Surgical Services (§ 485.639):  Clarifies these are optional for CAHs.

Comments also requested on:  Whether the CoPs should be amended to explicitly address: a) Allowing multi-hospital systems to have one single governing body; b) Medical histories and physicals within 30 days prior to admission, by practitioners with and without privileges; and c) the 2012 Life Safety Code standards for hospital physical environments.

Accountable Care Organizations (ACOs) Final Rule

Link:  http://www.gpo.gov/fdsys/pkg/FR-2011-11-02/pdf/2011-27461.pdf

The Affordable Care Act created a Medicare Shared Savings Program to reward hospitals, clinicians and other providers who form Accountable Care Organizations (ACOs) for improving coordination, quality and efficiency of care for Medicare beneficiaries.  This rule finalizes and adds new federal regulations for ACO application, approval, operation and payment (at 42 CFR Chapter IV Part 425).  The final rule contains several provisions and changes adopting, or consistent with, ANA’s comment recommendations. 

The “patient-centeredness criteria” and care coordination requirements under section 425.112 are expanded, with additional attention to coordination “throughout an episode of care and during its transitions,” and deletion of references to health information technology as synonymous with care coordination.  Subsection (a)(2) requires an ACO to have a “qualified healthcare professional” who is responsible for the ACO’s quality assurance and improvement program.  The proposed rule had required the program to be “physician directed.”  Section 425.108(c) of the final rule, however, retains the requirement for ACO clinical management and oversight by a “board-certified physician.”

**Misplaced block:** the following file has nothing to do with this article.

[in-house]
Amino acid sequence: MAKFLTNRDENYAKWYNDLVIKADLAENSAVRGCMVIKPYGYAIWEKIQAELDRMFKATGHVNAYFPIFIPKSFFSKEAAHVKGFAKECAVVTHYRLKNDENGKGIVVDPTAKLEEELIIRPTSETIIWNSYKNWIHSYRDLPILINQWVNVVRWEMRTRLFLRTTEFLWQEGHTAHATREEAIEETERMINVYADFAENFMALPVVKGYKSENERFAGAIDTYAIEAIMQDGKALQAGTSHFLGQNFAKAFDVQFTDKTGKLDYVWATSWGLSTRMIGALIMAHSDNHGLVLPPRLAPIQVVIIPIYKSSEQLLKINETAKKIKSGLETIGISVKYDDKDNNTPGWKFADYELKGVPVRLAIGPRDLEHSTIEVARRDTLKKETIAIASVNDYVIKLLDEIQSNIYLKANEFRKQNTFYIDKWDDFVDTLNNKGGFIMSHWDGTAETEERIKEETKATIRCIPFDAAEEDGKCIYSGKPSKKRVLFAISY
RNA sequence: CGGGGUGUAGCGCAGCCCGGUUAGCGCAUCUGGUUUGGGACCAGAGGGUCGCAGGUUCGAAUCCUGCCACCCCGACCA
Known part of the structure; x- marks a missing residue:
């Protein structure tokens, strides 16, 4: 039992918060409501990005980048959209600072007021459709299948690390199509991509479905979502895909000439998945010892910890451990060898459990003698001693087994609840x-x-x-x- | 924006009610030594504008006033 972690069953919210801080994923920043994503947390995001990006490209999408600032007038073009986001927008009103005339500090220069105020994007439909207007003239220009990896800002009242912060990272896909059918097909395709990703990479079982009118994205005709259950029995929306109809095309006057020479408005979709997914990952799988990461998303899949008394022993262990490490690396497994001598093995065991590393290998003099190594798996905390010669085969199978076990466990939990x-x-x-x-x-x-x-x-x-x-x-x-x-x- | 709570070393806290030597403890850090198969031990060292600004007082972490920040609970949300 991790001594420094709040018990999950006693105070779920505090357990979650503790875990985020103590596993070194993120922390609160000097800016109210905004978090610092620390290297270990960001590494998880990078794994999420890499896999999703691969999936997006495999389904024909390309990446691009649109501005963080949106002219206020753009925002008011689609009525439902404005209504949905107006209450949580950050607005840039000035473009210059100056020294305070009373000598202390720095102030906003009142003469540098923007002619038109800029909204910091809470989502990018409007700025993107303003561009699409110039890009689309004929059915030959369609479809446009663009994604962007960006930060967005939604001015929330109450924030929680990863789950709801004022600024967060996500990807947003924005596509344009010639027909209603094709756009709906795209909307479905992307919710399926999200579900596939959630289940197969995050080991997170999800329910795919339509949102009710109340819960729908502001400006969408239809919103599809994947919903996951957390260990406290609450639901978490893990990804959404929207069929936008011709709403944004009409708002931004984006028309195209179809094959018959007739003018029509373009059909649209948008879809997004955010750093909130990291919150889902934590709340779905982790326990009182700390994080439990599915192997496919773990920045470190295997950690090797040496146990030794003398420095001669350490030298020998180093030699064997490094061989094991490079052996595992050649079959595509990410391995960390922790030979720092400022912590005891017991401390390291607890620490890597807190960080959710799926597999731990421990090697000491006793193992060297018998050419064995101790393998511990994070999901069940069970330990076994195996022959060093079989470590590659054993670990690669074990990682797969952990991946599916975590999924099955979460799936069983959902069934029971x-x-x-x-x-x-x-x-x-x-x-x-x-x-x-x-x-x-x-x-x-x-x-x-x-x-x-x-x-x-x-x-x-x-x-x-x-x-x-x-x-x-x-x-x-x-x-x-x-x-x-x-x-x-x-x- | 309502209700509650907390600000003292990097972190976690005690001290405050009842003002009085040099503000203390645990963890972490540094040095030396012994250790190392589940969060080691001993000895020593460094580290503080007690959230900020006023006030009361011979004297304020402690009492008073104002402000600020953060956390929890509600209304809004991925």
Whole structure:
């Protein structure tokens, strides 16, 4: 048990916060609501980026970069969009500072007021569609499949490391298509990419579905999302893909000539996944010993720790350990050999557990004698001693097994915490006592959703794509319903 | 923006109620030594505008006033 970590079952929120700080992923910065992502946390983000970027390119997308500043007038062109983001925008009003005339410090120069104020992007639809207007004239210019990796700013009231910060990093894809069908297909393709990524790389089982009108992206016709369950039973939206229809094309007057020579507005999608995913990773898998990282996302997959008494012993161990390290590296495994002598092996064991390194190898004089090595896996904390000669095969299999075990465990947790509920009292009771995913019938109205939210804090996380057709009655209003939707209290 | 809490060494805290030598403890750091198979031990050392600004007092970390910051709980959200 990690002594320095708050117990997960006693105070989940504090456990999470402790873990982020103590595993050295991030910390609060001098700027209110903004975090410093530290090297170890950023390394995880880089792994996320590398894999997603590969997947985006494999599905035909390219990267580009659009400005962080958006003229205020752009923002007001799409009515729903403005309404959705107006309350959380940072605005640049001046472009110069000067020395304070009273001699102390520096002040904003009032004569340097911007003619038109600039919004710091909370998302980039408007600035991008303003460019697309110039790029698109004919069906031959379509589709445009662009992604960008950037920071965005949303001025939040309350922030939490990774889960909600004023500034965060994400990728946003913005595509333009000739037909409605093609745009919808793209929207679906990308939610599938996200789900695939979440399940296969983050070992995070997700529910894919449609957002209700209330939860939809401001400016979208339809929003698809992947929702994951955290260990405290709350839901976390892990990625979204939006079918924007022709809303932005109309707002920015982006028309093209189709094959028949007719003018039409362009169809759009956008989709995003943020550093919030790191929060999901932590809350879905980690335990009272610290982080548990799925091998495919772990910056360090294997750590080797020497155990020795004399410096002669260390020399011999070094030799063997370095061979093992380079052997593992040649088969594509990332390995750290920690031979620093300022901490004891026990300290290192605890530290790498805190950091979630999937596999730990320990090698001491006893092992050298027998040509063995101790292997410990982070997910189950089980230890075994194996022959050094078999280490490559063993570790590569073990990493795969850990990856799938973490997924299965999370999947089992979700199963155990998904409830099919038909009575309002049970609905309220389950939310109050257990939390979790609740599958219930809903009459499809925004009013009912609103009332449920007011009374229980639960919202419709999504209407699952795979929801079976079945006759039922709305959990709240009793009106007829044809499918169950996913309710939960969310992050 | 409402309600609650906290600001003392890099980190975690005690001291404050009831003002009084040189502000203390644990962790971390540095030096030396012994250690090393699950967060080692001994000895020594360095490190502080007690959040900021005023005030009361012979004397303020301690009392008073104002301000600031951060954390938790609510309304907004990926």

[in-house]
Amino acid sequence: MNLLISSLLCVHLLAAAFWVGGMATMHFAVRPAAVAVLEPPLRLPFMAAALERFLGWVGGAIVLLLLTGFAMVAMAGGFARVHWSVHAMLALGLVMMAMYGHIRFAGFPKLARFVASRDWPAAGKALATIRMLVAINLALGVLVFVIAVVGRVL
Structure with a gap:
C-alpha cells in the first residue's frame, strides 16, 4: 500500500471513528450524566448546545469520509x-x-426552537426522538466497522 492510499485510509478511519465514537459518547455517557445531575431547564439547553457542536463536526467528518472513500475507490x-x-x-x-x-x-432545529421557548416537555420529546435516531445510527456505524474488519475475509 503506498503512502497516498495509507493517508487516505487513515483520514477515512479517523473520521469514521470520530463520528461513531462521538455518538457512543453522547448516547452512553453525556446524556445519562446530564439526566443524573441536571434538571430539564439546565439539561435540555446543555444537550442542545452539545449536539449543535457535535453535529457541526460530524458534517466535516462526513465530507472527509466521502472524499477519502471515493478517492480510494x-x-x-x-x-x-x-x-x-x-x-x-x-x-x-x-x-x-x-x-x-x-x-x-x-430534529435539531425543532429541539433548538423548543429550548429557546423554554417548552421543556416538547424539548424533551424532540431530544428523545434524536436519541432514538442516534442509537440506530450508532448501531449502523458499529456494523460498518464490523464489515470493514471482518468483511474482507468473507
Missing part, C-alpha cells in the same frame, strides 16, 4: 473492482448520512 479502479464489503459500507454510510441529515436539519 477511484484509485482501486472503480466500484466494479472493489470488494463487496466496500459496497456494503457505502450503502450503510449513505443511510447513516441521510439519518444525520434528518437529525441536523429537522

ANA comments strongly expressed the need to preserve patient choice and access to non-ACO providers, particularly advanced practice RNs.  The final rule preserves the inclusion (at §425.20) of nurse practitioners (NPs) and clinical nurse specialists (CNSs) within the definition of “ACO professionals.”  Section 425.304(c)(2) prevents ACOs from requiring referral of ACO patients only to ACO providers, and supports beneficiaries who express “a preference for a different provider, practitioner, or supplier.”  CMS refined its assignment methodology (§425.402) to accommodate beneficiaries who get most of their primary care services from an NP, CNS, or physician’s assistant (PA).  In the notice, CMS specifically recognized their contributions:

“NPs, PAs and clinical nurse specialists (CNSs) have a well-established record of  providing high quality and cost-effective care.  We also agree that these practitioners can be significant assets to the ACO in the areas of quality and cost savings, and indeed that the appropriate use of NPs, PAs and CNSs could be an important element in the success of an ACO.”

Responding to a multitude of comments including ANA’s, CMS reduced the number of quality reporting measures from 65 to 33, and included a measure on readmissions, both of which ANA supported.  The final rule allows Federally Qualified Health Centers and Rural Health Centers to become ACOs ((§425.404), which ANA also endorsed. 

Unfortunately, CMS did not adopt ANA’s suggestions to include nurse-managed and school-based health centers in the incentives; to define care coordination, including recognition of nurse’s key roles in care coordination; to ensure adequate funding and staffing of ACO care coordination functions; and to use nurse-led models of care delivery, such as the American Academy of Nursing’s “Edge Runners” program, as a resource or guidance for ACOs.  We will continue to advocate for these important issues, in future comments and other avenues.

Eileen Shannon Carlson, RN, JD